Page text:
aside from some bugs, it is a neat idea. a few hints from a pro game dev because it is a missed opportunity for a commercial success, and i'm surprised that your profs did not help you in this regard, probably because they lack game design and production experience, or they didn't care? but even if the latter is true, you should care:
- flesh out the ui. illustrators are often bad ui designers. the ui is not abstract enough. the ui textures are too detailed. compare it to successful strategy game uis.
- it took me a few minutes to realize what and how to do it. ui could you some help here. bear in mind that ui design in the #2 priority for a strategy game, after game mechanics, but also in general.
- animation is key. you could spent a little more time on animations. and do not animate the borders, because the eye it is the major moving area of the whole game currently.
- be cautious about challenges. challenges/missions are good for rpg's, not open world strategy games. players tend then to focus only on your challenges and stop playing once you run out of challenges or if they become generic. an rpg has combat/story at least.
- 3 game designers + 1 pm, but only 2 coders, 2 artists, 1 ui and 1 sound? an indicator of bad project management and direction. next time focus on the artists and coders. be efficient. nobody cares about game designers or pm's of student projects anyway. game quality is all that matters at that stage.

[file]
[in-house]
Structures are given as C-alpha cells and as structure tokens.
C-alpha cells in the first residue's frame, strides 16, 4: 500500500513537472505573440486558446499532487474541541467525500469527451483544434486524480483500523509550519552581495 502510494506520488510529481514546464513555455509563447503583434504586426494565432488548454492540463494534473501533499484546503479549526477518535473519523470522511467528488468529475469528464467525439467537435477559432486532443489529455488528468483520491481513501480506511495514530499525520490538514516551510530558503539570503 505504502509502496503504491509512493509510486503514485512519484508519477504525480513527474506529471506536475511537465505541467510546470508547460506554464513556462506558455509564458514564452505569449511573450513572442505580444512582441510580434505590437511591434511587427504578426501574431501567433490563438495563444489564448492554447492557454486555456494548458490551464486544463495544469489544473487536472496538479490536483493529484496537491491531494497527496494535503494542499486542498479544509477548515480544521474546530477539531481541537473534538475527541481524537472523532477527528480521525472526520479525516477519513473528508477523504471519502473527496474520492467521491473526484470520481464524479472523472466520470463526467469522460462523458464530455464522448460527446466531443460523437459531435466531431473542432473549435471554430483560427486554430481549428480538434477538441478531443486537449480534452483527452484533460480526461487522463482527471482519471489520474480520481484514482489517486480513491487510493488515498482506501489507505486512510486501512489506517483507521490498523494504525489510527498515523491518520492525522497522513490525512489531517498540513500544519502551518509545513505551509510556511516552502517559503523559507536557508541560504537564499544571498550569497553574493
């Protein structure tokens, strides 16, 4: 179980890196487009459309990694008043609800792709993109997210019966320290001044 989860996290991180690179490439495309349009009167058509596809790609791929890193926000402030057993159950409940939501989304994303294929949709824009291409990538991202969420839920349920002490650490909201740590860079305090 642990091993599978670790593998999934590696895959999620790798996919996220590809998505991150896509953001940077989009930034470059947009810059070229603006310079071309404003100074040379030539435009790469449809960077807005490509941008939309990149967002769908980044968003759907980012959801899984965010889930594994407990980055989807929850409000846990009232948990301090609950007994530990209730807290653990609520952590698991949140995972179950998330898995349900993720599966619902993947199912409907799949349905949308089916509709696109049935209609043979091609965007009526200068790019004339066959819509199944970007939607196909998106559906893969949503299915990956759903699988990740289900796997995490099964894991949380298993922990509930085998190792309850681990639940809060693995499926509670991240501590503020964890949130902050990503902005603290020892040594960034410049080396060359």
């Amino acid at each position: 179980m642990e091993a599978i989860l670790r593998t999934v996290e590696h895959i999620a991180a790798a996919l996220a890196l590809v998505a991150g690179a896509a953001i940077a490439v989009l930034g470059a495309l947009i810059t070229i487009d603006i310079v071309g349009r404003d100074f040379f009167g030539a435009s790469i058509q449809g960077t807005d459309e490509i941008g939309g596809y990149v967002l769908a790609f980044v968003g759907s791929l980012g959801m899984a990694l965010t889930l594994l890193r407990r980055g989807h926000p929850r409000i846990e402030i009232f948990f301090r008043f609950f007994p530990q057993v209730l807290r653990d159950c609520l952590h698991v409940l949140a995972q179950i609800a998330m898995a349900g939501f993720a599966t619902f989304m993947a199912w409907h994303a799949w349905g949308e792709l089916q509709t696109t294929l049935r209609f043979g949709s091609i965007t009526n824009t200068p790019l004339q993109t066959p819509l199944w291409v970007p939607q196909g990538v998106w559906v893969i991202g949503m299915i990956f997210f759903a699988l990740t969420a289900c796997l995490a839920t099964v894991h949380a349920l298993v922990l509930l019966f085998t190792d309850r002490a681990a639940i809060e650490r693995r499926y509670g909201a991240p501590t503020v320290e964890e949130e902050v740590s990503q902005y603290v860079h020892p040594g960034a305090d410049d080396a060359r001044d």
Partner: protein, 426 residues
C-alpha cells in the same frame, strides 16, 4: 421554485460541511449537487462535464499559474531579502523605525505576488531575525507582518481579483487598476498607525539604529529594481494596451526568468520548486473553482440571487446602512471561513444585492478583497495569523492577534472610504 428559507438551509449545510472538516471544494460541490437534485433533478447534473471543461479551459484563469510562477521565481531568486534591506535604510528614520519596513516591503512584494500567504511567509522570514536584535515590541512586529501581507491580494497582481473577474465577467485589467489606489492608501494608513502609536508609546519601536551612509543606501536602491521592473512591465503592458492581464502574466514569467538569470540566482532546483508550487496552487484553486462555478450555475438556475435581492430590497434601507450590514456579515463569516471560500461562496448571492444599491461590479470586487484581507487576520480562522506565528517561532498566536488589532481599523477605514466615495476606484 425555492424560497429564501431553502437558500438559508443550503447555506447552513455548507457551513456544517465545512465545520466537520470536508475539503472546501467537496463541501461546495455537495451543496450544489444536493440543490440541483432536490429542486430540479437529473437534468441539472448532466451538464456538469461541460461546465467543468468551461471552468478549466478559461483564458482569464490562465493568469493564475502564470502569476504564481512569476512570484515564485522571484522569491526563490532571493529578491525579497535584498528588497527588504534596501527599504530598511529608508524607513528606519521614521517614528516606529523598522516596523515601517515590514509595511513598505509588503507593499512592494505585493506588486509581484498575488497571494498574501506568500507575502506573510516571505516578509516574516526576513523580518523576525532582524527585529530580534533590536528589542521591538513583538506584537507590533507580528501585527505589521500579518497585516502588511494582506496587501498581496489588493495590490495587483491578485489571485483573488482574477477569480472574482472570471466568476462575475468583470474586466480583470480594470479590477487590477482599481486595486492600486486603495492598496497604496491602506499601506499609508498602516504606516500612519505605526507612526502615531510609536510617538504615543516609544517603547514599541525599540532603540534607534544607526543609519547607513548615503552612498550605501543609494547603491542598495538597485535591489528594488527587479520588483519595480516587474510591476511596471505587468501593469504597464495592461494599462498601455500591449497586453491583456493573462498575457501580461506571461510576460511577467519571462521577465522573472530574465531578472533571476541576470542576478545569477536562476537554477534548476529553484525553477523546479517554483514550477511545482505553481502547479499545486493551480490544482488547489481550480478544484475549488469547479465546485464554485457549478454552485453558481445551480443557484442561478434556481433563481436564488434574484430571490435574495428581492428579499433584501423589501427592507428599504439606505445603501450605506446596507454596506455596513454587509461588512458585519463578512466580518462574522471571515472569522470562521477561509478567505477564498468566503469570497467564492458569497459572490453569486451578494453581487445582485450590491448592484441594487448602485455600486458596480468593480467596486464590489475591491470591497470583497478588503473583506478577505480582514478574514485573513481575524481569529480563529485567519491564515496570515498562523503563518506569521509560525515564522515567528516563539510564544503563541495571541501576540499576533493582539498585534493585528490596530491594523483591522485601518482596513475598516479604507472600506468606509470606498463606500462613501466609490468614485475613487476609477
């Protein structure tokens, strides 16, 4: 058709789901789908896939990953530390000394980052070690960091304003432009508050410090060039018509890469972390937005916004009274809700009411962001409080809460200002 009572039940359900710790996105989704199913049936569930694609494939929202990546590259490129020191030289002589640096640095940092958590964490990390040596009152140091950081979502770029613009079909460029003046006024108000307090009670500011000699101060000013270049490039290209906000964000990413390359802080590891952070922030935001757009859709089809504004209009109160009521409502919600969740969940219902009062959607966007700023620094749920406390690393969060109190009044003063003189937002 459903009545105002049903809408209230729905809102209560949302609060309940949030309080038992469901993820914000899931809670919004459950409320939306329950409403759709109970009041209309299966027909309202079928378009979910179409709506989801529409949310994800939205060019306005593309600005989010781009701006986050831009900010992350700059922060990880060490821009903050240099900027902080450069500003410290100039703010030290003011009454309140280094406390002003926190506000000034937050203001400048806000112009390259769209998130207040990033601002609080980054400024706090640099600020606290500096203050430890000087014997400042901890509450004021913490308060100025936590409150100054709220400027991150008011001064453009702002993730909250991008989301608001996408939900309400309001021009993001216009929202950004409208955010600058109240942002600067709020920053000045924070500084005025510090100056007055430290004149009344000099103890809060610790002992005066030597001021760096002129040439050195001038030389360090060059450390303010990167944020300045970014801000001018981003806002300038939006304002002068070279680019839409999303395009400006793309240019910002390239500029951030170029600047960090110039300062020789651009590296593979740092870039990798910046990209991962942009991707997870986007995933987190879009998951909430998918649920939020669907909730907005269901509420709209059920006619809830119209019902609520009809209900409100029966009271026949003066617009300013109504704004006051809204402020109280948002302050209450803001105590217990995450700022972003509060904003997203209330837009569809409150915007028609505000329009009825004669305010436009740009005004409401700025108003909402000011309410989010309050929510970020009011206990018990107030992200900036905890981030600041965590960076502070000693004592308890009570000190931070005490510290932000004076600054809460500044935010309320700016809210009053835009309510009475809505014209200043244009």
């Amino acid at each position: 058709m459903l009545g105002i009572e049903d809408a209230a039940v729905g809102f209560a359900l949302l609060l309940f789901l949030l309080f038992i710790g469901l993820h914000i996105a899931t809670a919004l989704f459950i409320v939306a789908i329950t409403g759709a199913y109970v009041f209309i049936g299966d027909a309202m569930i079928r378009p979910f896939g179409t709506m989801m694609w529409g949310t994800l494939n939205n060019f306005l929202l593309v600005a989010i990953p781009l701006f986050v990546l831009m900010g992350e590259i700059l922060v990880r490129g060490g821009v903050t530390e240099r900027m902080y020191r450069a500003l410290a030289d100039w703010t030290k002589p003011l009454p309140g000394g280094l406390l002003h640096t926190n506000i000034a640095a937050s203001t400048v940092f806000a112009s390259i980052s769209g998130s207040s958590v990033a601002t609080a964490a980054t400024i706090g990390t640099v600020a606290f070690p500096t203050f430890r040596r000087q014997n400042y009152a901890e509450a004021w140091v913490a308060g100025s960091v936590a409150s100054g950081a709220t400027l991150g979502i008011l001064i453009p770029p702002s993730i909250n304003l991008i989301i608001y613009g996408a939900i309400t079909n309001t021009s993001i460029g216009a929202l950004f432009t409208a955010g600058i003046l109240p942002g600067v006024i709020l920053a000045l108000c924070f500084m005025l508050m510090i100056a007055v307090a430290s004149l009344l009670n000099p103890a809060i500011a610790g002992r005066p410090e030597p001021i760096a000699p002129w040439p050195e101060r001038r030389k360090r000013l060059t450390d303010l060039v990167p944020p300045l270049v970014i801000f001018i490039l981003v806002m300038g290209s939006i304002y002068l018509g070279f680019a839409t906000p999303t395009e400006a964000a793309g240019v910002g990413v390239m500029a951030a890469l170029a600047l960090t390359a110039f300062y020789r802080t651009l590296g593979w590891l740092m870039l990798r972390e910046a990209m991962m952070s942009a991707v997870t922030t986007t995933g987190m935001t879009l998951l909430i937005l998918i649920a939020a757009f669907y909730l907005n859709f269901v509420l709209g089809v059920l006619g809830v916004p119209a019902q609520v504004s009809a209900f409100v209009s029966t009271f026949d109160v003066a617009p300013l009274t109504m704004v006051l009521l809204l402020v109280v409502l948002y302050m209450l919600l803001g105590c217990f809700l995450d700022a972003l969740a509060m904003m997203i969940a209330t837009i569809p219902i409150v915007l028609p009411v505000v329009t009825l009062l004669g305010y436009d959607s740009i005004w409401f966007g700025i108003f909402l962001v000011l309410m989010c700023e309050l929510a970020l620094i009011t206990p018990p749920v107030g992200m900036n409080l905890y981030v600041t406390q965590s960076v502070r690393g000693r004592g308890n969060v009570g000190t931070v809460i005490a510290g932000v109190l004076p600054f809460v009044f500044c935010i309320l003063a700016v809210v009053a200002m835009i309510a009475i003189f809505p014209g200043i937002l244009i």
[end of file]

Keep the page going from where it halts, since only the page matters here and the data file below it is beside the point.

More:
- less text in the descriptions and quests. 90 % of players read 5-6 lines only.
- the game is a little too close to a board game. you might have missed the opportunity for a video game here, guys, which goes especially to the game designers.
- as some youtubers pointed out. this game has lot of potential that you missed, so i will miss that point as it would lead to extensions or even a new game.
good luck! :)
Thank you for your feedbacks, but I want to reply to the composition of the team: actually, we didn't have much choice for the composition, it's the same composition for each team (in our school).
I really think that almost (wink wink, team) each people in the team have done their part and were useful to the project. We didn't reach every expectations we had (this "demo" is far away from our ambitions and will but it's a start, isn't it?) but since you're a professionnal game dev, I think that you know that, sometimes, game creation goes through some hard times. And thanks to our PM who keeps an eye on our very tight scheduled, organized the work, managed the team to make all of us work as one, we ended up creating something.
Of course, we're still learning and we make mistakes but it's how the learning process work: making mistakes, learning from them, making something better. And that's why I thank you and each person who give us feedback, because it helps a lot.
However, I fully agree with the fact that we needed more artists, more coders (each time, they did their best to make everything happened) and more sound designers. Unfortunately, this isn't up to us (it's some kind of pre-requisite instaured by our school).
So, thank you again for your feedback, there are interesting advices in it! ^^ And sorry for the long text, haha!